Depending on the initial size and energy of our big wave or the Higgs boson, it could break into a pair of smaller identical waves, like a pair of W bosons, Z bosons, or tau leptons. It could even create a mix of waves and tiny bubbles like a pair of leptons and photons. Now, this is where things become tricky. The decay process of the Higgs boson into two photons is not a straightforward one. Instead, it involves a convoluted mechanism known as a loop, wherein virtual particles temporarily appear and disappear. These virtual particles can include hypothetical particles that have yet to be observed, making their direct detection impossible. Interestingly, this process is not limited to the decay into two photons; it also applies to the decay of the Higgs boson into a photon and a Z boson, which is the focus of the new study.
The Z boson is heavyweight of the Standard model, an elementary particle that along with the W boson, is the carrier of the weak nuclear force. At the Large Hadron Collider, researchers sought to investigate this rare decay process. According to the predictions of the Standard Model of particle physics, only a tiny fraction, approximately 0.15 percent, of Higgs bosons should decay into a Z boson and a photon. However, the experimental data gathered from proton-proton collisions conducted at the ATLAS and CMS detectors between 2015 and 2018 paints a different picture. Surprisingly, the data reveals that this decay is occurring in around 6.6 percent of cases, a significant deviation from the expected value.
Both experiments identify the Z boson by observing its subsequent decay into pairs of electrons or muons, and the frequency of these Z boson decays was found to be approximately 6.6 percent ATLAS and CMS, the two key experiments at the Large Hadron Collider, employed strategic approaches to maximize the sensitivity in detecting the decay of the Higgs boson into a Z boson and a photon. By focusing on the most common modes of Higgs boson production and utilizing advanced machine-learning techniques, they were able to distinguish between signal and background events effectively. As a result, they obtained the first evidence of this decay process.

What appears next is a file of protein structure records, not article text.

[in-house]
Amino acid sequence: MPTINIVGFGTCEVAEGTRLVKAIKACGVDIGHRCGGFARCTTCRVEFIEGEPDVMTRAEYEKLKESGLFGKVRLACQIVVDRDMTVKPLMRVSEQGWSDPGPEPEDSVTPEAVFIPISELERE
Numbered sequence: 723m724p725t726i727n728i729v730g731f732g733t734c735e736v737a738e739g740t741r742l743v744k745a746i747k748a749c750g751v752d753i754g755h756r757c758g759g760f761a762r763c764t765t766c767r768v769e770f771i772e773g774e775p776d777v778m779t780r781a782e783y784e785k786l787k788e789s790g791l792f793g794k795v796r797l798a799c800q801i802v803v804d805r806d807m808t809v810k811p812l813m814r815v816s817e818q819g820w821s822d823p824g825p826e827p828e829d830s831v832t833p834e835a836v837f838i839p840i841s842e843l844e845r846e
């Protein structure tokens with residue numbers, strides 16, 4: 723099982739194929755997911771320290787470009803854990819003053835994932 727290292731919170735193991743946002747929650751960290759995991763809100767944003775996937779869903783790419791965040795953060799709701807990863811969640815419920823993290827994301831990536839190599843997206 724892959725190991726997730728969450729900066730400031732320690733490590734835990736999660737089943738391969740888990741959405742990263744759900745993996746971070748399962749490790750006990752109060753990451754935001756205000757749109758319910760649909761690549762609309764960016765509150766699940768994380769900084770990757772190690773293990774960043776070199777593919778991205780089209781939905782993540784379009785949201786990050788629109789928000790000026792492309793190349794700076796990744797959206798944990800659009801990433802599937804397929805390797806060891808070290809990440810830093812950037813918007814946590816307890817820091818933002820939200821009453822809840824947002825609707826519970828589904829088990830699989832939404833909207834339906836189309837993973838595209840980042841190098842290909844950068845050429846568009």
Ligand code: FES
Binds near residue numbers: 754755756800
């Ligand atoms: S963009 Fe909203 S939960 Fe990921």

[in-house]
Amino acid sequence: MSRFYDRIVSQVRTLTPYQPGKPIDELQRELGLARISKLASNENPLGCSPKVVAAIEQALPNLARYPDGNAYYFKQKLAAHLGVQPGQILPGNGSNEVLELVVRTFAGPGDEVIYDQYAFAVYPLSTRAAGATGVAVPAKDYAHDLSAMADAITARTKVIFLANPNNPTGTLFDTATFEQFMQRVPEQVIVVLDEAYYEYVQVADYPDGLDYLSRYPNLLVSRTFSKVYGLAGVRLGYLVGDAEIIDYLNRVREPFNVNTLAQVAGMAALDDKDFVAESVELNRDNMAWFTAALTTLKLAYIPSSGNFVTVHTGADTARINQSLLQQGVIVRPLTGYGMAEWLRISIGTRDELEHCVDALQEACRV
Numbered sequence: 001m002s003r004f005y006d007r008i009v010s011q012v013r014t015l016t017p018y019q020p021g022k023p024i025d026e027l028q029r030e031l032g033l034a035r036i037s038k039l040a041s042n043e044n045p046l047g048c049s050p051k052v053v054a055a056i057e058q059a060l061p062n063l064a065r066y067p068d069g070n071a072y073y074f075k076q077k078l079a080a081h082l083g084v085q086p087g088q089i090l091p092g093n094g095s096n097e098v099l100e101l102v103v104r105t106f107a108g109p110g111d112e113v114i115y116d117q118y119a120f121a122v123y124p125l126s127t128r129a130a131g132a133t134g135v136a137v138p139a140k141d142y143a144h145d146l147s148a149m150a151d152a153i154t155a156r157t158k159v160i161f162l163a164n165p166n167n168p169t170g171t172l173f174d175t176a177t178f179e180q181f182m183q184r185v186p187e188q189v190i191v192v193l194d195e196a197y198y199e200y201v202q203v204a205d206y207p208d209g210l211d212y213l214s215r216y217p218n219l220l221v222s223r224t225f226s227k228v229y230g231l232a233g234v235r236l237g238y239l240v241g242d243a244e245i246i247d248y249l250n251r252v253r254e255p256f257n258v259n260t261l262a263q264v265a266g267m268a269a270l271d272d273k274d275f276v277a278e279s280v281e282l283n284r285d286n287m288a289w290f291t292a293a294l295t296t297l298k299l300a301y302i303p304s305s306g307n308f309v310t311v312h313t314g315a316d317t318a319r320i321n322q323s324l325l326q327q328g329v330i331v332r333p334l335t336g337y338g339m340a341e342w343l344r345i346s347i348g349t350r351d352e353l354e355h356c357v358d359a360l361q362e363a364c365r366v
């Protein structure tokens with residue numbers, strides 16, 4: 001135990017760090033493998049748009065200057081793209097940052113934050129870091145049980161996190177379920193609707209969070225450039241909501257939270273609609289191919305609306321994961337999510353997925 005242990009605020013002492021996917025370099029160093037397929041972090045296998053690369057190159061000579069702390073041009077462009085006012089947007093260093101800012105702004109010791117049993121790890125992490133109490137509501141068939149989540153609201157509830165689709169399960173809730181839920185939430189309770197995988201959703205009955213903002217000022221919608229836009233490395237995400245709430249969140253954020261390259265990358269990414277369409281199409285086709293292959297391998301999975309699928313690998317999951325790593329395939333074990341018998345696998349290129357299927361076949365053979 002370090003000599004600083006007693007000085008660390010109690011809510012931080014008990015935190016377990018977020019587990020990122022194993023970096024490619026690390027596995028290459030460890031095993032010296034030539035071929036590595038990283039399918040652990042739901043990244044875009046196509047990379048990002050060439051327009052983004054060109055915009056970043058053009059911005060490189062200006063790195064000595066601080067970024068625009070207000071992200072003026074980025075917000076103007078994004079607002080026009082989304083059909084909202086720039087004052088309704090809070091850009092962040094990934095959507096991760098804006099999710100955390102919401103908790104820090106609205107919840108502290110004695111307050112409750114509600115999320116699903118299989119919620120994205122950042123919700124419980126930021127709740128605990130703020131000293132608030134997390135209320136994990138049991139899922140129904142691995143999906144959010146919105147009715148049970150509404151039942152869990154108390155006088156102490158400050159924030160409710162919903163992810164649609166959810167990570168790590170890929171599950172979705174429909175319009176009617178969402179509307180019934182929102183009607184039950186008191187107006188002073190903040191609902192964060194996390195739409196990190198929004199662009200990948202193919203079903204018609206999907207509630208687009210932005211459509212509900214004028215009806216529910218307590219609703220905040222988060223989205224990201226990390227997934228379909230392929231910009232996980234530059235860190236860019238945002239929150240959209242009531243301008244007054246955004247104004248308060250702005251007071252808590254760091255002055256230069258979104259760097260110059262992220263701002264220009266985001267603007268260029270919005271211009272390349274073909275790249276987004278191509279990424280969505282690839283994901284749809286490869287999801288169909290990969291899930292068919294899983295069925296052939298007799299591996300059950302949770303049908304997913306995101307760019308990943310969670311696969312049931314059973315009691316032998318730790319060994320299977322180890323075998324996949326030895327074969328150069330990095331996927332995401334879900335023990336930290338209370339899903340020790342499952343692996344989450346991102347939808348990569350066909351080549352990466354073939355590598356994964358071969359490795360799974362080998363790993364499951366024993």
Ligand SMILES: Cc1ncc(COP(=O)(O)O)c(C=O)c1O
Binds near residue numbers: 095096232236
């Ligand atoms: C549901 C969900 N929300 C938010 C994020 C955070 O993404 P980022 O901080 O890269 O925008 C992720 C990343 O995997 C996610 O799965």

However, it is important to note that the statistical significance of the observations stands at 3.4 standard deviations, slightly below the conventional threshold of 5 standard deviations required to claim a definitive observation. This indicates a small possibility of the findings being a chance occurrence. Nonetheless, the measured signal rate deviates from the predictions of the Standard Model by 1.9 standard deviations, which makes it a notable result worthy of consideration. The Higgs boson has long been regarded as a cornerstone of the Standard Model of particle physics. However, these new findings suggest that it may not solely complete the model but could potentially point towards extensions or modifications.
Nevertheless, this study serves as a robust test of the Standard Model and its predictions. With the ongoing third run of the LHC and the future High-Luminosity LHC, scientists anticipate further advancements in precision and the exploration of even rarer Higgs boson decays. These future endeavors hold promise for deeper insights into the fundamental nature of particles and their interactions. Recently, astronomers made a ground-breaking discovery. They finally detected the gravitational wave background, the big hum of the cosmos. It’s a significant finding that has the potential to rewrite physics.
News ID : 2330